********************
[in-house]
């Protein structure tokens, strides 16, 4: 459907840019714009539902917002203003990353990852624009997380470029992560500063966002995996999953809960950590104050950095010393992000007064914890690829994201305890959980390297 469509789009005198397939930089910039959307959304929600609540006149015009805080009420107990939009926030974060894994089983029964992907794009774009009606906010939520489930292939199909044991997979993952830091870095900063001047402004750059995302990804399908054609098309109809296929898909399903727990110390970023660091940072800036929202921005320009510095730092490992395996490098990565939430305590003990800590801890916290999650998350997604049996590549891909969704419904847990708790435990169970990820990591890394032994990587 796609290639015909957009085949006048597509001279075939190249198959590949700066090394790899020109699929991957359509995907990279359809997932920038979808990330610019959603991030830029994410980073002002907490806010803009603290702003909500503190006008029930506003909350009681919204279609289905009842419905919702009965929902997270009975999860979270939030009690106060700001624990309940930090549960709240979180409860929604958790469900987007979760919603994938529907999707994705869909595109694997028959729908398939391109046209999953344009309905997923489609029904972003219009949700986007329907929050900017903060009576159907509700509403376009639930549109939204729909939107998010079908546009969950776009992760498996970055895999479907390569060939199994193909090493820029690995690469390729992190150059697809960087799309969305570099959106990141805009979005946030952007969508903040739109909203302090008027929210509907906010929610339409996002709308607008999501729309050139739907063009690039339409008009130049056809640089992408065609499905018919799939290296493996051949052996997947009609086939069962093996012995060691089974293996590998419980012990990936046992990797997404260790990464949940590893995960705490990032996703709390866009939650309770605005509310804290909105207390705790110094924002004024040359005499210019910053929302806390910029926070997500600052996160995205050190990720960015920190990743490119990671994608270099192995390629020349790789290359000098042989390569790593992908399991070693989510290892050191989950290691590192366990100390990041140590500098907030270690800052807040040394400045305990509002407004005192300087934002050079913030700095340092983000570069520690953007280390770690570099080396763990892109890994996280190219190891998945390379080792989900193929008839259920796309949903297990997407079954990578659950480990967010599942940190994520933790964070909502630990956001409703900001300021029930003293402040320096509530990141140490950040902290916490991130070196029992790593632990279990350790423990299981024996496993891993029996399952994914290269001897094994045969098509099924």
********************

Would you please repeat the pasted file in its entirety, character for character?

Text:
[in-house]
């Protein structure tokens, strides 16, 4: 459907840019714009539902917002203003990353990852624009997380470029992560500063966002995996999953809960950590104050950095010393992000007064914890690829994201305890959980390297 469509789009005198397939930089910039959307959304929600609540006149015009805080009420107990939009926030974060894994089983029964992907794009774009009606906010939520489930292939199909044991997979993952830091870095900063001047402004750059995302990804399908054609098309109809296929898909399903727990110390970023660091940072800036929202921005320009510095730092490992395996490098990565939430305590003990800590801890916290999650998350997604049996590549891909969704419904847990708790435990169970990820990591890394032994990587 796609290639015909957009085949006048597509001279075939190249198959590949700066090394790899020109699929991957359509995907990279359809997932920038979808990330610019959603991030830029994410980073002002907490806010803009603290702003909500503190006008029930506003909350009681919204279609289905009842419905919702009965929902997270009975999860979270939030009690106060700001624990309940930090549960709240979180409860929604958790469900987007979760919603994938529907999707994705869909595109694997028959729908398939391109046209999953344009309905997923489609029904972003219009949700986007329907929050900017903060009576159907509700509403376009639930549109939204729909939107998010079908546009969950776009992760498996970055895999479907390569060939199994193909090493820029690995690469390729992190150059697809960087799309969305570099959106990141805009979005946030952007969508903040739109909203302090008027929210509907906010929610339409996002709308607008999501729309050139739907063009690039339409008009130049056809640089992408065609499905018919799939290296493996051949052996997947009609086939069962093996012995060691089974293996590998419980012990990936046992990797997404260790990464949940590893995960705490990032996703709390866009939650309770605005509310804290909105207390705790110094924002004024040359005499210019910053929302806390910029926070997500600052996160995205050190990720960015920190990743490119990671994608270099192995390629020349790789290359000098042989390569790593992908399991070693989510290892050191989950290691590192366990100390990041140590500098907030270690800052807040040394400045305990509002407004005192300087934002050079913030700095340092983000570069520690953007280390770690570099080396763990892109890994996280190219190891998945390379080792989900193929008839259920796309949903297990997407079954990578659950480990967010599942940190994520933790964070909502630990956001409703900001300021029930003293402040320096509530990141140490950040902290916490991130070196029992790593632990279990350790423990299981024996496993891993029996399952994914290269001897094994045969098509099924």